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I have some php code that runs queries stored in a database to update some thousand client databases. Now, for the first time, I needed to create a stored procedure because the update is complex. I'm executing the following queries:

DROP PROCEDURE IF EXISTS updateProc100;
DELIMITER $$
CREATE PROCEDURE updateProc100()
  MODIFIES SQL DATA
  SQL SECURITY INVOKER
BEGIN
...
...
END$$
DELIMITER ;
CALL updateProc100();
DROP PROCEDURE updateProc100;

This code is executed the first time each client accesses the system, in its own database, and is executed only one time.

My problem is that I'm receiving error messages from a small number of client systems with the following MySQL error:

SQLSTATE[42000]: Syntax error or access violation: 1304 PROCEDURE updateProc100 already exists

No other procedures with that name exists in any of the databases and even if they existed, they should be dropped by the first statement. The number of error messages is somewhat low, but even so, I don't understand how this can be. I've manually checked each of the databases and no stored procedure exists.

I've googled about this problem, but all the answers that I find say to do what I'm already doing, executing a DROP IF EXISTS before the CREATE.

Does anyone have any idea for the cause of the error? Thanks

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  • I don't understand... does This code is executed the first time each client accesses the system, in its own database, and is executed only one time. means that this code is executed when NEW user accesses his DB for the first time, is it? If so, when DB is created? it already exists when user is logged in, or it is created when he logged in for the first time? If it exists, does default DB is set correctly for this user? there is no chance that no database is set as current when user logged in? – Akina Aug 8 '18 at 11:44
  • As a trick try to insert select sleep(1) into @dummy; before and after DROP statement. – Akina Aug 8 '18 at 11:54
  • @Akina, every time a cliente logs in the system, and in intervals after that, the system checks if it has any update to do to the client database. If it has, the update is execute only one time, and marked as updated for that client. This is a system we developed to avoid having to do a massive update to several thousand databases at the same time. I have though of a delay, will try and see, thanks. – Mário Pereira Aug 8 '18 at 15:14
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Is every client's updateProc100 identical? Or is that proc generated by code had has code specific to the client?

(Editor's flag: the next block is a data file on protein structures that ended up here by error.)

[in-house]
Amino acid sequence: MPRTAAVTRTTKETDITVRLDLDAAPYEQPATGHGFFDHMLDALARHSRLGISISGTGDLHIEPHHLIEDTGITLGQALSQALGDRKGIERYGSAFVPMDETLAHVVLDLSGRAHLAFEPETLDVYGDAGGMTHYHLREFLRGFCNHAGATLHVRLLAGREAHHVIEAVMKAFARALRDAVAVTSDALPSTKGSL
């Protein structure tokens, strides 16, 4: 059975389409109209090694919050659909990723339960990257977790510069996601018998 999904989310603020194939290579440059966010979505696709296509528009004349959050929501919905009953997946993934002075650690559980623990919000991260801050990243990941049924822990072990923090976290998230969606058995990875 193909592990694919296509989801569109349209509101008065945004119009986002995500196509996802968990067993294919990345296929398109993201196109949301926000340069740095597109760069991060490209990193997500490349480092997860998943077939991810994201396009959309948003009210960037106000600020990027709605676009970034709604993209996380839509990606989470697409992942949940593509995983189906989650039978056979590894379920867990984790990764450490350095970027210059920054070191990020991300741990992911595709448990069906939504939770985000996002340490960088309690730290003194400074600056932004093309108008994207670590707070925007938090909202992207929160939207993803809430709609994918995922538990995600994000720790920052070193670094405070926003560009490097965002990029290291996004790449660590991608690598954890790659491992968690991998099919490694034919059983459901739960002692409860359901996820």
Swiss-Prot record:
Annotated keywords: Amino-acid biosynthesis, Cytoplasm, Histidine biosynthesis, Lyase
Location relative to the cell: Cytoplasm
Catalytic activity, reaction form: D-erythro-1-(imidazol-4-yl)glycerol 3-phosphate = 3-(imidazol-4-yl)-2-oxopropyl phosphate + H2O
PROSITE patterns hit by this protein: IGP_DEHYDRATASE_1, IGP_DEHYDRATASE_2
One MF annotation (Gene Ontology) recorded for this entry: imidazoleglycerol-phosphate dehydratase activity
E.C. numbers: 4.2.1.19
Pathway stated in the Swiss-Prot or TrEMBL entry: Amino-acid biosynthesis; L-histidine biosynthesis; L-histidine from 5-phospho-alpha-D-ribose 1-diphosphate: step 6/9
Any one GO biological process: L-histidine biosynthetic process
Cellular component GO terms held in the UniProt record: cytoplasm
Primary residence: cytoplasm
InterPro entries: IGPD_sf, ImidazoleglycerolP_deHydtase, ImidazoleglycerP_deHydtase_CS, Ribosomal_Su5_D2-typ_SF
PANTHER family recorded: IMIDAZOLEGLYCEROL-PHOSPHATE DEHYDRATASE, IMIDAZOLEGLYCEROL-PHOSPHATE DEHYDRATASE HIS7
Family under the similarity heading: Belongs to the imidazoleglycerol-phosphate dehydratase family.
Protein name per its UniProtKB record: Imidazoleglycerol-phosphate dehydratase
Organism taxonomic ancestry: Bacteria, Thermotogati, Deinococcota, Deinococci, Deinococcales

If it is identical to all clients, suggest creating, but not dropping, a single copy of it in some 'common' DATABASE. Then only do

 CALL common.updateProc100();

If there is something tailored to each client, could it be an argument? And then do prepare+execute to build and run the specific stuff?

Back to what you currently have...

  • Procs are specific to a DATABASE.
  • Is each client specific to that database? That is, are you sure there was a USE (or equivalent) before doing the drop+create+call+drop?
  • What happens at "intervals after" the login?
  • Can a client be logged in from two places?
  • Does the Procedure have an interlock so that it cannot be executed twice?
  • What is the current mechanism for saying "client 'X' has already called 'proc100'"?
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  • The proc is slightly differente in each db, so I'm unable to store it centrally. The choice to use a stored proc is that this specific update needs to go through each record of several tables and the updating service has no flow control. Each client has his own database. The "intervals after login" means that with each web request, the system checks to see if it has any update to do, but only if the last check was more than X minutes ago. When an update is to run, mechanisms exist that make all other requests (from anywhere) wait that the current update is complete, as to avoid concurrency. – Mário Pereira Aug 29 '18 at 14:48
  • @MárioPereira - is the anti-concurrency code inside the proc? Or outside the DROP-CREATE-CALL-PROC? – Rick James Aug 29 '18 at 15:00
  • The anti-concurrency code is part of the php system that runs the updates, completly outside of the sql code for each update. – Mário Pereira Aug 29 '18 at 15:02
  • Can the client login twice simultaneously? – Rick James Aug 29 '18 at 15:05
  • It can, but will be put in stand-by if any update is already running, before any sql code related to updates is run. – Mário Pereira Aug 29 '18 at 15:32

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